If you or a loved one was sickened in a Connecticut E. coli outbreak, you need an E. coli lawyer to help you and your family get the money you deserve. Contact our law firm for a free consultation.

Testing Bacteria

Lettuce E. coli Lawsuit Linked to Romaine Outbreak That Sickened 2 in Connecticut

Two people in Connecticut were sickened in a Romaine outbreak. A lettuce E. coli lawsuit has been filed. The outbreak began March 13, 2018 and ended in June of 2018. Around 200 people were sickened in 36 states, including Connecticut. Over 80 people were hospitalized. The CDC found the outbreak strain of E. coli O157:H7 in canal water samples taken from the Yuma, Arizona, growing region, meaning the outbreak was most likely caused by Romaine lettuce grown in that area. According to the FDA, the last shipments of romaine lettuce from the Yuma growing region were harvested on April 16, 2018, and the harvest season has ended.

CDC Romaine E. coli Outbreak Map June 1

 

2 Sickened in E. coli Outbreak Linked to Adams Farm Beef

An E. coli O157:H7 outbreak linked to Adams Farm beef products sickened 11 people in 5 states: Connecticut (2), Massachusetts (5), Pennsylvania (2), Virginia (1), and West Virginia (1). The illness-onset dates ranged from June 27 to September 10, 2016. People from one to 74 years of age were sickened.

Adams Farm E. coli O157:H7 Outbreak

7 People in Connecticut Sickened after Consuming Raw Milk

Raw Milk

In 2008, seven people fell ill in Connecticut after consuming raw milk that may have been contaminated with E. coli. The raw milk was produced by the Town Farm Dairy in Simsbury, Connecticut. The farm has since stopped the production and sale of all milk products. Investigators say that drinking raw milk from Town Farm Dairy was a common link among patients.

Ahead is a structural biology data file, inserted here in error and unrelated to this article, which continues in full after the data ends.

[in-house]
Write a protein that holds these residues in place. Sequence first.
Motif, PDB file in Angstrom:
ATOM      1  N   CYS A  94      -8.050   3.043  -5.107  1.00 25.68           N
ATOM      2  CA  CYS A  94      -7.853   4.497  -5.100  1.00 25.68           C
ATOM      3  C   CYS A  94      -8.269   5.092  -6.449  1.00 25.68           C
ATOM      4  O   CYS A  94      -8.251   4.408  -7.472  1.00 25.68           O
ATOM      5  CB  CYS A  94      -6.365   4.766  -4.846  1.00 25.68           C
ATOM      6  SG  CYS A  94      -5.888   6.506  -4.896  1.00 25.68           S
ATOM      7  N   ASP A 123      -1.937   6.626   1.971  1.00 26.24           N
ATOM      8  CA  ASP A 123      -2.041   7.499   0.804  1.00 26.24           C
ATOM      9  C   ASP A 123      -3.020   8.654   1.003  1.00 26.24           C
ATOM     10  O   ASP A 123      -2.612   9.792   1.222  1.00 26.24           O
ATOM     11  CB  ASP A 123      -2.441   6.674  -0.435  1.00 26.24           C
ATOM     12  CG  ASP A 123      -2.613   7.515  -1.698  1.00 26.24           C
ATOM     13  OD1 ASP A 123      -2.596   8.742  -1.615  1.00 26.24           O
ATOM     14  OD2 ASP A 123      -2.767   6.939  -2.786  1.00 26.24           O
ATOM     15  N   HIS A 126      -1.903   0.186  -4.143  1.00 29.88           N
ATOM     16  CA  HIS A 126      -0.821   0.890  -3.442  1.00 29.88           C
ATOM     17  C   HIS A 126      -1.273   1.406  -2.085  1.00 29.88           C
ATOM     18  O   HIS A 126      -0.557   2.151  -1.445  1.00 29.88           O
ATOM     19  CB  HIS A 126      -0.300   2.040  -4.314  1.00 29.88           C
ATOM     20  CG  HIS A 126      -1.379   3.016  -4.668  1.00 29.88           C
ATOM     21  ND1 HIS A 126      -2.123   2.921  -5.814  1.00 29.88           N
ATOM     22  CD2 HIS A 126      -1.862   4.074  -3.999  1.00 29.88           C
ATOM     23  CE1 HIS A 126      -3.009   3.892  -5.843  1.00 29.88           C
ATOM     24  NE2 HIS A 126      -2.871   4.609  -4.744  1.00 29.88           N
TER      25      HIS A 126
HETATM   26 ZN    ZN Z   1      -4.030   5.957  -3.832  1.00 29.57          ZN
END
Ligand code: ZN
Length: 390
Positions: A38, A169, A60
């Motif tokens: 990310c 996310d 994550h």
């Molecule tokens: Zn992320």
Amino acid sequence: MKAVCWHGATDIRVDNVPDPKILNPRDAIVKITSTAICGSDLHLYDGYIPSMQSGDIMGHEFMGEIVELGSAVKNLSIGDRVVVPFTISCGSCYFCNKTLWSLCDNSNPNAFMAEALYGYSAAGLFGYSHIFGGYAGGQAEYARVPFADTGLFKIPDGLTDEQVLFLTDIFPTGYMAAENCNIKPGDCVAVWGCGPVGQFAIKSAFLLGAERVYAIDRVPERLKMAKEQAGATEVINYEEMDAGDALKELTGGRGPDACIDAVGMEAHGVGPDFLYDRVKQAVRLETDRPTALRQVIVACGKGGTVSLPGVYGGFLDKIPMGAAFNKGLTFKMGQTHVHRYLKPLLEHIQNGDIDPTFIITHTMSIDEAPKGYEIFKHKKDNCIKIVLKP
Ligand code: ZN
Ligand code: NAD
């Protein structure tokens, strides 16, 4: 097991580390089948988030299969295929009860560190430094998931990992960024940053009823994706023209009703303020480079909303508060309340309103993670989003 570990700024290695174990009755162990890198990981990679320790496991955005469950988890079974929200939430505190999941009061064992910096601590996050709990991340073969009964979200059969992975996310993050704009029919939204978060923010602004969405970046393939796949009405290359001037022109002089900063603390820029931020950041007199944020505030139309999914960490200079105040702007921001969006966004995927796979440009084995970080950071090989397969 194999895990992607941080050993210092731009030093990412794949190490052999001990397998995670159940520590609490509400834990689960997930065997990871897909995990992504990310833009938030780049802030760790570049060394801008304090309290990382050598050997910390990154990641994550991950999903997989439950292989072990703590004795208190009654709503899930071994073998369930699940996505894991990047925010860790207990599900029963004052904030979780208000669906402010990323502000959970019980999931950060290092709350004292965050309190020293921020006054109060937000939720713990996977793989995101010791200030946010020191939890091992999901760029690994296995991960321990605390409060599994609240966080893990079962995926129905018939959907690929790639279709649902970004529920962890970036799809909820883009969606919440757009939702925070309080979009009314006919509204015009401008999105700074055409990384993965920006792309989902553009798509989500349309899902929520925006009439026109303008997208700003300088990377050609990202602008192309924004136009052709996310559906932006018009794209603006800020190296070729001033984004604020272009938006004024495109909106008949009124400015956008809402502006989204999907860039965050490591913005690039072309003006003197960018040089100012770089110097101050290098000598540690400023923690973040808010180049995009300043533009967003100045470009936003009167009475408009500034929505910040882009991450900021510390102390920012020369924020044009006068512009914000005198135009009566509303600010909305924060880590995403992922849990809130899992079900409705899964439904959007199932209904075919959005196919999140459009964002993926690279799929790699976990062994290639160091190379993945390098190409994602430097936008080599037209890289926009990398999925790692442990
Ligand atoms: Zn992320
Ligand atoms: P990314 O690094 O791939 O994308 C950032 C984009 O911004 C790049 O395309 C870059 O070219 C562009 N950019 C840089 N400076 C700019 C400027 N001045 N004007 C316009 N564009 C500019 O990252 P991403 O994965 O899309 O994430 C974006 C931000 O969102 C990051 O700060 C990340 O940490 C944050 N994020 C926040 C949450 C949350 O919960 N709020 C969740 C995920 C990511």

Two of the victims of this outbreak are toddlers who developed hemolytic uremic syndrome (HUS), the leading cause of kidney failure in children in the United States.

Unlike pasteurized milk, raw milk has not been treated to kill harmful bacteria such as E. coli and Listeria monocytogenes. Federal regulations require that all milk products produced for interstate sale be pasteurized.  Connecticut allows the sale of raw milk, but there must be a label on the product saying that this product contains organisms that may be harmful to human health.

Some dairies won’t sell someone raw milk unless that person signs a contract saying that the dairy will be held harmless if the person becomes ill. If you signed a contract with a dairy and then became ill, contact us regarding the validity of the contract.

Circumstances at Town and Farm Dairy may have caused or contributed to the contamination. The dairy was originally shut down by its owner in 2003, but was reopened recently by a group known as Friends of Town Farm Dairy.  The group running the dairy had hired farmers to run daily operations, but the farmers left July 1, 2008, leaving the group’s board members and volunteers to operate the farm.

The contaminated milk was purchased with sell-by dates of June 24, July 4, and July 16, 2008, which was during the transition period of the farmers leaving.  The timing of the outbreak suggests not enough attention was being paid to the safety of the dairy products during the transition period and after.